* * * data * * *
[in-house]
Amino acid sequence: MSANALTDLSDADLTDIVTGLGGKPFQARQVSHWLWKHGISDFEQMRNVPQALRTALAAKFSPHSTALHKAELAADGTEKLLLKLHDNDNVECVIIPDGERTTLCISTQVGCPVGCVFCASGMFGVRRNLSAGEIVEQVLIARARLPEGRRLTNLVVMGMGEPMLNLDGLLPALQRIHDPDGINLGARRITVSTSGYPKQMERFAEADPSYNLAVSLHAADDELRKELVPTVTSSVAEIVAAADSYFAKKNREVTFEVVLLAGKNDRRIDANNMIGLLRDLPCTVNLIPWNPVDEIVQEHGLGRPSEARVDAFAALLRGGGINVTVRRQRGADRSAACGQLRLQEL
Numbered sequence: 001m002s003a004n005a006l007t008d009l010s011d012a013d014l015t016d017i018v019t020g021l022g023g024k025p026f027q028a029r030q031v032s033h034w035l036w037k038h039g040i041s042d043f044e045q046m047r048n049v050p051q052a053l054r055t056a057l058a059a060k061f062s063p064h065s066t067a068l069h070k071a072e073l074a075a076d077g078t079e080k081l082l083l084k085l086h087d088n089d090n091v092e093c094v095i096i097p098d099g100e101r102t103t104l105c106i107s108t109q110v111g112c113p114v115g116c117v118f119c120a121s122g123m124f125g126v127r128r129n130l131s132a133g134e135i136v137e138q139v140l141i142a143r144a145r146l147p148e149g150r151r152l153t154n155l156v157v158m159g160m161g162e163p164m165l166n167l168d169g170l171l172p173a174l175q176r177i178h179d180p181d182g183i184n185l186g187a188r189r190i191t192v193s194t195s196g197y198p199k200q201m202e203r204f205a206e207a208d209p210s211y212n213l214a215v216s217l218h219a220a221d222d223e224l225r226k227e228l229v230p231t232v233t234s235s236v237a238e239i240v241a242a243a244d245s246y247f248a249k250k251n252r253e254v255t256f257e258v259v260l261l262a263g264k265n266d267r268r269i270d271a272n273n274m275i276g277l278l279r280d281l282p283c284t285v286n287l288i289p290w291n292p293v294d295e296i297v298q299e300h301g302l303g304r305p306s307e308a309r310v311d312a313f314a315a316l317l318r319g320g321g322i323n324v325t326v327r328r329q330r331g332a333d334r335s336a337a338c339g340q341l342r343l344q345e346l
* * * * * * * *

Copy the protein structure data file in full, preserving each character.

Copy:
[in-house]
Amino acid sequence: MSANALTDLSDADLTDIVTGLGGKPFQARQVSHWLWKHGISDFEQMRNVPQALRTALAAKFSPHSTALHKAELAADGTEKLLLKLHDNDNVECVIIPDGERTTLCISTQVGCPVGCVFCASGMFGVRRNLSAGEIVEQVLIARARLPEGRRLTNLVVMGMGEPMLNLDGLLPALQRIHDPDGINLGARRITVSTSGYPKQMERFAEADPSYNLAVSLHAADDELRKELVPTVTSSVAEIVAAADSYFAKKNREVTFEVVLLAGKNDRRIDANNMIGLLRDLPCTVNLIPWNPVDEIVQEHGLGRPSEARVDAFAALLRGGGINVTVRRQRGADRSAACGQLRLQEL
Numbered sequence: 001m002s003a004n005a006l007t008d009l010s011d012a013d014l015t016d017i018v019t020g021l022g023g024k025p026f027q028a029r030q031v032s033h034w035l036w037k038h039g040i041s042d043f044e045q046m047r048n049v050p051q052a053l054r055t056a057l058a059a060k061f062s063p064h065s066t067a068l069h070k071a072e073l074a075a076d077g078t079e080k081l082l083l084k085l086h087d088n089d090n091v092e093c094v095i096i097p098d099g100e101r102t103t104l105c106i107s108t109q110v111g112c113p114v115g116c117v118f119c120a121s122g123m124f125g126v127r128r129n130l131s132a133g134e135i136v137e138q139v140l141i142a143r144a145r146l147p148e149g150r151r152l153t154n155l156v157v158m159g160m161g162e163p164m165l166n167l168d169g170l171l172p173a174l175q176r177i178h179d180p181d182g183i184n185l186g187a188r189r190i191t192v193s194t195s196g197y198p199k200q201m202e203r204f205a206e207a208d209p210s211y212n213l214a215v216s217l218h219a220a221d222d223e224l225r226k227e228l229v230p231t232v233t234s235s236v237a238e239i240v241a242a243a244d245s246y247f248a249k250k251n252r253e254v255t256f257e258v259v260l261l262a263g264k265n266d267r268r269i270d271a272n273n274m275i276g277l278l279r280d281l282p283c284t285v286n287l288i289p290w291n292p293v294d295e296i297v298q299e300h301g302l303g304r305p306s307e308a309r310v311d312a313f314a315a316l317l318r319g320g321g322i323n324v325t326v327r328r329q330r331g332a333d334r335s336a337a338c339g340q341l342r343l344q345e346l